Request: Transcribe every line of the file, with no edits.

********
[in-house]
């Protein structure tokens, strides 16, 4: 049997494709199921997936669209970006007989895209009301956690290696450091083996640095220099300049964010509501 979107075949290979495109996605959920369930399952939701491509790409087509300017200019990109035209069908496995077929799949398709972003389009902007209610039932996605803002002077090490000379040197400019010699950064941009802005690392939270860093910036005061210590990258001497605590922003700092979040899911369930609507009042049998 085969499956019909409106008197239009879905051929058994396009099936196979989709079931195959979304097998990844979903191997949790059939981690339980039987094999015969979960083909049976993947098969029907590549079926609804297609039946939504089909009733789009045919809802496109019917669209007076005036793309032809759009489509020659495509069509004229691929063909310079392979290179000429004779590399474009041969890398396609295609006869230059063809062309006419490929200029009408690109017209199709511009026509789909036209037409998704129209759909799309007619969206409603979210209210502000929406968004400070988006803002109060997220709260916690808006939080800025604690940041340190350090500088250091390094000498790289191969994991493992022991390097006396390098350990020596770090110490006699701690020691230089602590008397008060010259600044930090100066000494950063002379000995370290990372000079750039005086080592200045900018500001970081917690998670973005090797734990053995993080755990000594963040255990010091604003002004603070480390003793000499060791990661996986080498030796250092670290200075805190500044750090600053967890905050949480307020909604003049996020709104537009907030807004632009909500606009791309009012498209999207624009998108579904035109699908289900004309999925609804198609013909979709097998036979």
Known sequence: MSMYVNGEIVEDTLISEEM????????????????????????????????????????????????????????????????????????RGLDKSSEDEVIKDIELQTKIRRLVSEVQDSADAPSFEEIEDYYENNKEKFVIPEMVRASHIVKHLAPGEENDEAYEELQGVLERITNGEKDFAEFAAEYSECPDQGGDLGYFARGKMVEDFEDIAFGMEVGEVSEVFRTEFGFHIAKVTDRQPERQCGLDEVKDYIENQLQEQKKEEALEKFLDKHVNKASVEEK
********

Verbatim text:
[in-house]
């Protein structure tokens, strides 16, 4: 049997494709199921997936669209970006007989895209009301956690290696450091083996640095220099300049964010509501 979107075949290979495109996605959920369930399952939701491509790409087509300017200019990109035209069908496995077929799949398709972003389009902007209610039932996605803002002077090490000379040197400019010699950064941009802005690392939270860093910036005061210590990258001497605590922003700092979040899911369930609507009042049998 085969499956019909409106008197239009879905051929058994396009099936196979989709079931195959979304097998990844979903191997949790059939981690339980039987094999015969979960083909049976993947098969029907590549079926609804297609039946939504089909009733789009045919809802496109019917669209007076005036793309032809759009489509020659495509069509004229691929063909310079392979290179000429004779590399474009041969890398396609295609006869230059063809062309006419490929200029009408690109017209199709511009026509789909036209037409998704129209759909799309007619969206409603979210209210502000929406968004400070988006803002109060997220709260916690808006939080800025604690940041340190350090500088250091390094000498790289191969994991493992022991390097006396390098350990020596770090110490006699701690020691230089602590008397008060010259600044930090100066000494950063002379000995370290990372000079750039005086080592200045900018500001970081917690998670973005090797734990053995993080755990000594963040255990010091604003002004603070480390003793000499060791990661996986080498030796250092670290200075805190500044750090600053967890905050949480307020909604003049996020709104537009907030807004632009909500606009791309009012498209999207624009998108579904035109699908289900004309999925609804198609013909979709097998036979």
Known sequence: MSMYVNGEIVEDTLISEEM????????????????????????????????????????????????????????????????????????RGLDKSSEDEVIKDIELQTKIRRLVSEVQDSADAPSFEEIEDYYENNKEKFVIPEMVRASHIVKHLAPGEENDEAYEELQGVLERITNGEKDFAEFAAEYSECPDQGGDLGYFARGKMVEDFEDIAFGMEVGEVSEVFRTEFGFHIAKVTDRQPERQCGLDEVKDYIENQLQEQKKEEALEKFLDKHVNKASVEEK